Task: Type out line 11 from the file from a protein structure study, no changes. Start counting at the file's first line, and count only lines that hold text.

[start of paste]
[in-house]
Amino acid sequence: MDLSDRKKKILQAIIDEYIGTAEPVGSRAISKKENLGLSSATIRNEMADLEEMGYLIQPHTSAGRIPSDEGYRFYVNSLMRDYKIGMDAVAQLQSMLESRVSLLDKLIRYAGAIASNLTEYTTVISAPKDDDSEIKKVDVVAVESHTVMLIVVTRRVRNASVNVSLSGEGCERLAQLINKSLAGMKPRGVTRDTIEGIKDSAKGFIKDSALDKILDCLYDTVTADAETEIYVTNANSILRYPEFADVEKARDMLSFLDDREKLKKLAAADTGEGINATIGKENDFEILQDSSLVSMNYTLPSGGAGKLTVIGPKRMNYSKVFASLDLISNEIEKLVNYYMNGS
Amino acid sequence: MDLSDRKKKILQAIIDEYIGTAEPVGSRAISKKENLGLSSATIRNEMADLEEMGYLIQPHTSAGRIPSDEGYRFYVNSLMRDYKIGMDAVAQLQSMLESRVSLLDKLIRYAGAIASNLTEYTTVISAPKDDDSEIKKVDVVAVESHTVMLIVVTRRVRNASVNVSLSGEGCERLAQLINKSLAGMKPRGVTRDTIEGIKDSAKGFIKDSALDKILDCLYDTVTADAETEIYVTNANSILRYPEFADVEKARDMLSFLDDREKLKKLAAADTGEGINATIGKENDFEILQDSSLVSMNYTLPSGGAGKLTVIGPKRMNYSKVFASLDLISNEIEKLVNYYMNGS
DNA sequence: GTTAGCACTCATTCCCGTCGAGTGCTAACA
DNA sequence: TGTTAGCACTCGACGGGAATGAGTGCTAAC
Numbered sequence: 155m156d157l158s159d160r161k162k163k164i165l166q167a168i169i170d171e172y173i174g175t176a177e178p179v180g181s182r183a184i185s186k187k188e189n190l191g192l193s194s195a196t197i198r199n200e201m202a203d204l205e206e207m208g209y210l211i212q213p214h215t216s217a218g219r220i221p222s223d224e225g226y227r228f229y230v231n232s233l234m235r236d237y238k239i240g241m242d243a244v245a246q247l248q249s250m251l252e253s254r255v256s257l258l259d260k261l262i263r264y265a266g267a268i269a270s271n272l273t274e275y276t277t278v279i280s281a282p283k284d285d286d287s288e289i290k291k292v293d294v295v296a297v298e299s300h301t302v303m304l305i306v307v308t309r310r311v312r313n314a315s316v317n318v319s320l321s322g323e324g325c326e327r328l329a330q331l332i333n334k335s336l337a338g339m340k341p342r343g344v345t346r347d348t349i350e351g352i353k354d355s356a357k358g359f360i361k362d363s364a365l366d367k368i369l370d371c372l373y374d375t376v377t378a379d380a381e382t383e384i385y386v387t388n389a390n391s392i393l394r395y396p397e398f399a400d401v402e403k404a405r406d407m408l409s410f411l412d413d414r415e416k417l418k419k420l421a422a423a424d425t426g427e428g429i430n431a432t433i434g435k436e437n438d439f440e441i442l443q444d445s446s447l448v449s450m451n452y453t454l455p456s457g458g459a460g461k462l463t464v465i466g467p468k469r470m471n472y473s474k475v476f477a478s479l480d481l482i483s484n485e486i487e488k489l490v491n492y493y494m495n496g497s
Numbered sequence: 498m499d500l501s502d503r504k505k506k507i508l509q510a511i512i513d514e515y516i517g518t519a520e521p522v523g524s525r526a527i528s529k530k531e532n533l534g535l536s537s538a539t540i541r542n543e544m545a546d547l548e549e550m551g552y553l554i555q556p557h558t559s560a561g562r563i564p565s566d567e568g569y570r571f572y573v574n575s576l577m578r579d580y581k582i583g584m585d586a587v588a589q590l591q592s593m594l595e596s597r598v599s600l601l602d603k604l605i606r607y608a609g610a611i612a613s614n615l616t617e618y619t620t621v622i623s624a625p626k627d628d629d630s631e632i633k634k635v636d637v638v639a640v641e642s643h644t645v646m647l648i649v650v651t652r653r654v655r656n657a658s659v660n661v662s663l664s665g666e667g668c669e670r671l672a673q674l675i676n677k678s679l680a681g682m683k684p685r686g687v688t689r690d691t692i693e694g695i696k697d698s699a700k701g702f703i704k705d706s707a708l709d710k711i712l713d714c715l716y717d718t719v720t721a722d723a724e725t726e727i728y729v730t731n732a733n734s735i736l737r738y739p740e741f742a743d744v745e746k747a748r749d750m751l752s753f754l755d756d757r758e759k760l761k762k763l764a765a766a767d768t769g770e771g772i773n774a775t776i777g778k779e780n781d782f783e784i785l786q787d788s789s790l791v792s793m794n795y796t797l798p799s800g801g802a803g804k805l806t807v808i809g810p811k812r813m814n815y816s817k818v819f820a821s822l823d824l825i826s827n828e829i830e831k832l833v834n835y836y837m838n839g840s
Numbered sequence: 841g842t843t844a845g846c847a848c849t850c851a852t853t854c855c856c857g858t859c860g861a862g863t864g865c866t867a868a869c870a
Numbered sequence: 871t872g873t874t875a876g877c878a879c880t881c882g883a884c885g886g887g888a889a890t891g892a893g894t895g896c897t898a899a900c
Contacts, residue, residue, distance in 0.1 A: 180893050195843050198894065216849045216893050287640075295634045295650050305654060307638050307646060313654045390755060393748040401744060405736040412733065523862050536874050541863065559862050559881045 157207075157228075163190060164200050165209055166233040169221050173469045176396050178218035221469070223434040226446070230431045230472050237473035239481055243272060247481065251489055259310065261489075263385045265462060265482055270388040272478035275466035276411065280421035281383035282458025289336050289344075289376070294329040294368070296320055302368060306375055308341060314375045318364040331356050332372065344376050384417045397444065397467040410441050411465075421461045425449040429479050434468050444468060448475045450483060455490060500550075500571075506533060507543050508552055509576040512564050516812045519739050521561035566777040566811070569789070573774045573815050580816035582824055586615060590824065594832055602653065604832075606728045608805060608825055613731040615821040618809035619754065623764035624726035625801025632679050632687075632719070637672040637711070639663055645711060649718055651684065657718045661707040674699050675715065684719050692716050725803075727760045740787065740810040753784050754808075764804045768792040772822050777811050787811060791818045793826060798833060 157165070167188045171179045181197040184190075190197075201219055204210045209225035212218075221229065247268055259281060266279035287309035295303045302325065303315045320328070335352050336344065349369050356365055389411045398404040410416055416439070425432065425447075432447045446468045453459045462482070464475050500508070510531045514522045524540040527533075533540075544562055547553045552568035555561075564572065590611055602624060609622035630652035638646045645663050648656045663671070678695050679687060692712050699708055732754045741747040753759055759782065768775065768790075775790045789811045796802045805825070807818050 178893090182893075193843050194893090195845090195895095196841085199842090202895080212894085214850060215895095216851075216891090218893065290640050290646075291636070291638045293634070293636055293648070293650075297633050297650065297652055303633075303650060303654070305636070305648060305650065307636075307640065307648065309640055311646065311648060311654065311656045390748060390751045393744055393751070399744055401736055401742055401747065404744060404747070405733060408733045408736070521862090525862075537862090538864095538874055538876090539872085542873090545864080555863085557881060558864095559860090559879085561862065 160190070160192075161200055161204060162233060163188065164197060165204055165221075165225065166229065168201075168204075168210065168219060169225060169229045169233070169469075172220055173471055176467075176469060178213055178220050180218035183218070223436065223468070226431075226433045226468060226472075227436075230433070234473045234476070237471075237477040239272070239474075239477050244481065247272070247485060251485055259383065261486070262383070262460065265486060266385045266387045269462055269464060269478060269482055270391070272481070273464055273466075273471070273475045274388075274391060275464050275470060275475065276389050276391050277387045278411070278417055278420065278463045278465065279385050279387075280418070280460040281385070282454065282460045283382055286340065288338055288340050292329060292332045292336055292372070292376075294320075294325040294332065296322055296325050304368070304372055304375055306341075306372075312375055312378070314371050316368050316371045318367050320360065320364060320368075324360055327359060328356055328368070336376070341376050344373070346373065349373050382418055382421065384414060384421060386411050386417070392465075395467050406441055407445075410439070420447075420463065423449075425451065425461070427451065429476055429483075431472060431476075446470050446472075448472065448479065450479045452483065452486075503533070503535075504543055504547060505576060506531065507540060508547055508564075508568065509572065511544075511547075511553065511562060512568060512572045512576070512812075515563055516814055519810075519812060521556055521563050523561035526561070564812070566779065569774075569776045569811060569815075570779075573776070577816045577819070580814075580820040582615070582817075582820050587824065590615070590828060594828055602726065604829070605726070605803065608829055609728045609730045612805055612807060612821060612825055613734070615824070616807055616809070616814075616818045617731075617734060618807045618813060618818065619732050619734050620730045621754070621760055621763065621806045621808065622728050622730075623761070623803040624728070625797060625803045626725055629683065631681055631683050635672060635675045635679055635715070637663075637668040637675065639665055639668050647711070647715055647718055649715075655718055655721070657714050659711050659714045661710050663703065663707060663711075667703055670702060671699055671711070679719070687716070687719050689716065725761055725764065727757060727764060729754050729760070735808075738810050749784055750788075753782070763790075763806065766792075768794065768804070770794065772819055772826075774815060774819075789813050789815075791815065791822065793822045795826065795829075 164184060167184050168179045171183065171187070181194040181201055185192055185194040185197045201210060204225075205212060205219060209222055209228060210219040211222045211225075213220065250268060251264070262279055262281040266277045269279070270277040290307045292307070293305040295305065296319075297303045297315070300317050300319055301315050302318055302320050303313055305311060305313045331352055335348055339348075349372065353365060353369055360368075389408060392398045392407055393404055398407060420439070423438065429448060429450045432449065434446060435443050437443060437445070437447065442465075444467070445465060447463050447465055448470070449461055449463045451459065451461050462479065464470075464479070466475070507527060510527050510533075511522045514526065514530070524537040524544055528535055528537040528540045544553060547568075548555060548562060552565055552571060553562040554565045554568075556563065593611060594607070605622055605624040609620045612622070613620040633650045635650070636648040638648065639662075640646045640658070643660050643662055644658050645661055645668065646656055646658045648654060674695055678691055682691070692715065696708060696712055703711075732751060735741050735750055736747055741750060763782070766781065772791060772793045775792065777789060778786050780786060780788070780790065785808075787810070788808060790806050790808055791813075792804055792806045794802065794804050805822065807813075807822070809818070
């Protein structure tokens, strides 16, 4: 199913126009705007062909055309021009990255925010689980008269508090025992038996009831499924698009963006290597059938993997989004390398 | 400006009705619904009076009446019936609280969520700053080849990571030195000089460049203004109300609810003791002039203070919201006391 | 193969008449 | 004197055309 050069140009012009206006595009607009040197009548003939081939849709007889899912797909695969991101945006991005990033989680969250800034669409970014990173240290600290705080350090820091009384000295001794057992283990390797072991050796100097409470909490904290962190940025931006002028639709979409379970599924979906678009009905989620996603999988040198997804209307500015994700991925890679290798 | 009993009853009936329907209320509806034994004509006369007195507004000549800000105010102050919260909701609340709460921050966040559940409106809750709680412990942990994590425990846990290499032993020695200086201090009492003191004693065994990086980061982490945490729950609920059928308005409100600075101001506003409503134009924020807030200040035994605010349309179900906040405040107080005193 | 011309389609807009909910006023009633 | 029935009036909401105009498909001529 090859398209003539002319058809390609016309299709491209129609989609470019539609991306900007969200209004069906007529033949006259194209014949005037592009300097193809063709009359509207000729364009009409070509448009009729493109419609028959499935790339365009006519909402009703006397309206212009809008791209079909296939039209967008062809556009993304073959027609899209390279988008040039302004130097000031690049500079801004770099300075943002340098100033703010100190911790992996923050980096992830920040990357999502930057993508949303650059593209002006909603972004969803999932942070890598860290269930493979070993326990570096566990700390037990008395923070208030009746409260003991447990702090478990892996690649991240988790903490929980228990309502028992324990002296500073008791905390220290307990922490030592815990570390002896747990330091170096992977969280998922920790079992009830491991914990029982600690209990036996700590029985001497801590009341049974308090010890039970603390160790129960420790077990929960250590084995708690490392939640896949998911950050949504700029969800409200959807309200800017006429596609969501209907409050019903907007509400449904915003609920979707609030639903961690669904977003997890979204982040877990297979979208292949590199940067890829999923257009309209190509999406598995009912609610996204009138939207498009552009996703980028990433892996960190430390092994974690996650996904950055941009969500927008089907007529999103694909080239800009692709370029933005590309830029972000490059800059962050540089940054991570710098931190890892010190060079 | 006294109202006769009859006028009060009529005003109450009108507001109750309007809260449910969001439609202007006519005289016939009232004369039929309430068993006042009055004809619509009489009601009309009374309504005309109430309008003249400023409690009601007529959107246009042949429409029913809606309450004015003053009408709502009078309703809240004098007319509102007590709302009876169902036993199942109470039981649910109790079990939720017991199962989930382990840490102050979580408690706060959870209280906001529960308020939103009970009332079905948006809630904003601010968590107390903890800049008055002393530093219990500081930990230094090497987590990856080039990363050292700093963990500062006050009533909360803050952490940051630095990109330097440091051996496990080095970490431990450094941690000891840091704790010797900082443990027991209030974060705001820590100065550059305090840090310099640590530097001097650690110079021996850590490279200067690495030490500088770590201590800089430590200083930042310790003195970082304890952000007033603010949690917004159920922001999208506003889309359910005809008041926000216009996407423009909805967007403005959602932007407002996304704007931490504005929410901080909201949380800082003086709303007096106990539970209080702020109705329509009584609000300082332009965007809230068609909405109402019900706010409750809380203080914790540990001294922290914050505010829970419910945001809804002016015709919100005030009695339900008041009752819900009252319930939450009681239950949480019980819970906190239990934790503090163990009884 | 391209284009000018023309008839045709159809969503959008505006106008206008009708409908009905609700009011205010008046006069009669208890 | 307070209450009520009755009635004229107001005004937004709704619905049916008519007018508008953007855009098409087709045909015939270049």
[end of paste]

């Protein structure tokens, strides 16, 4: 199913126009705007062909055309021009990255925010689980008269508090025992038996009831499924698009963006290597059938993997989004390398 | 400006009705619904009076009446019936609280969520700053080849990571030195000089460049203004109300609810003791002039203070919201006391 | 193969008449 | 004197055309 050069140009012009206006595009607009040197009548003939081939849709007889899912797909695969991101945006991005990033989680969250800034669409970014990173240290600290705080350090820091009384000295001794057992283990390797072991050796100097409470909490904290962190940025931006002028639709979409379970599924979906678009009905989620996603999988040198997804209307500015994700991925890679290798 | 009993009853009936329907209320509806034994004509006369007195507004000549800000105010102050919260909701609340709460921050966040559940409106809750709680412990942990994590425990846990290499032993020695200086201090009492003191004693065994990086980061982490945490729950609920059928308005409100600075101001506003409503134009924020807030200040035994605010349309179900906040405040107080005193 | 011309389609807009909910006023009633 | 029935009036909401105009498909001529 090859398209003539002319058809390609016309299709491209129609989609470019539609991306900007969200209004069906007529033949006259194209014949005037592009300097193809063709009359509207000729364009009409070509448009009729493109419609028959499935790339365009006519909402009703006397309206212009809008791209079909296939039209967008062809556009993304073959027609899209390279988008040039302004130097000031690049500079801004770099300075943002340098100033703010100190911790992996923050980096992830920040990357999502930057993508949303650059593209002006909603972004969803999932942070890598860290269930493979070993326990570096566990700390037990008395923070208030009746409260003991447990702090478990892996690649991240988790903490929980228990309502028992324990002296500073008791905390220290307990922490030592815990570390002896747990330091170096992977969280998922920790079992009830491991914990029982600690209990036996700590029985001497801590009341049974308090010890039970603390160790129960420790077990929960250590084995708690490392939640896949998911950050949504700029969800409200959807309200800017006429596609969501209907409050019903907007509400449904915003609920979707609030639903961690669904977003997890979204982040877990297979979208292949590199940067890829999923257009309209190509999406598995009912609610996204009138939207498009552009996703980028990433892996960190430390092994974690996650996904950055941009969500927008089907007529999103694909080239800009692709370029933005590309830029972000490059800059962050540089940054991570710098931190890892010190060079 | 006294109202006769009859006028009060009529005003109450009108507001109750309007809260449910969001439609202007006519005289016939009232004369039929309430068993006042009055004809619509009489009601009309009374309504005309109430309008003249400023409690009601007529959107246009042949429409029913809606309450004015003053009408709502009078309703809240004098007319509102007590709302009876169902036993199942109470039981649910109790079990939720017991199962989930382990840490102050979580408690706060959870209280906001529960308020939103009970009332079905948006809630904003601010968590107390903890800049008055002393530093219990500081930990230094090497987590990856080039990363050292700093963990500062006050009533909360803050952490940051630095990109330097440091051996496990080095970490431990450094941690000891840091704790010797900082443990027991209030974060705001820590100065550059305090840090310099640590530097001097650690110079021996850590490279200067690495030490500088770590201590800089430590200083930042310790003195970082304890952000007033603010949690917004159920922001999208506003889309359910005809008041926000216009996407423009909805967007403005959602932007407002996304704007931490504005929410901080909201949380800082003086709303007096106990539970209080702020109705329509009584609000300082332009965007809230068609909405109402019900706010409750809380203080914790540990001294922290914050505010829970419910945001809804002016015709919100005030009695339900008041009752819900009252319930939450009681239950949480019980819970906190239990934790503090163990009884 | 391209284009000018023309008839045709159809969503959008505006106008206008009708409908009905609700009011205010008046006069009669208890 | 307070209450009520009755009635004229107001005004937004709704619905049916008519007018508008953007855009098409087709045909015939270049």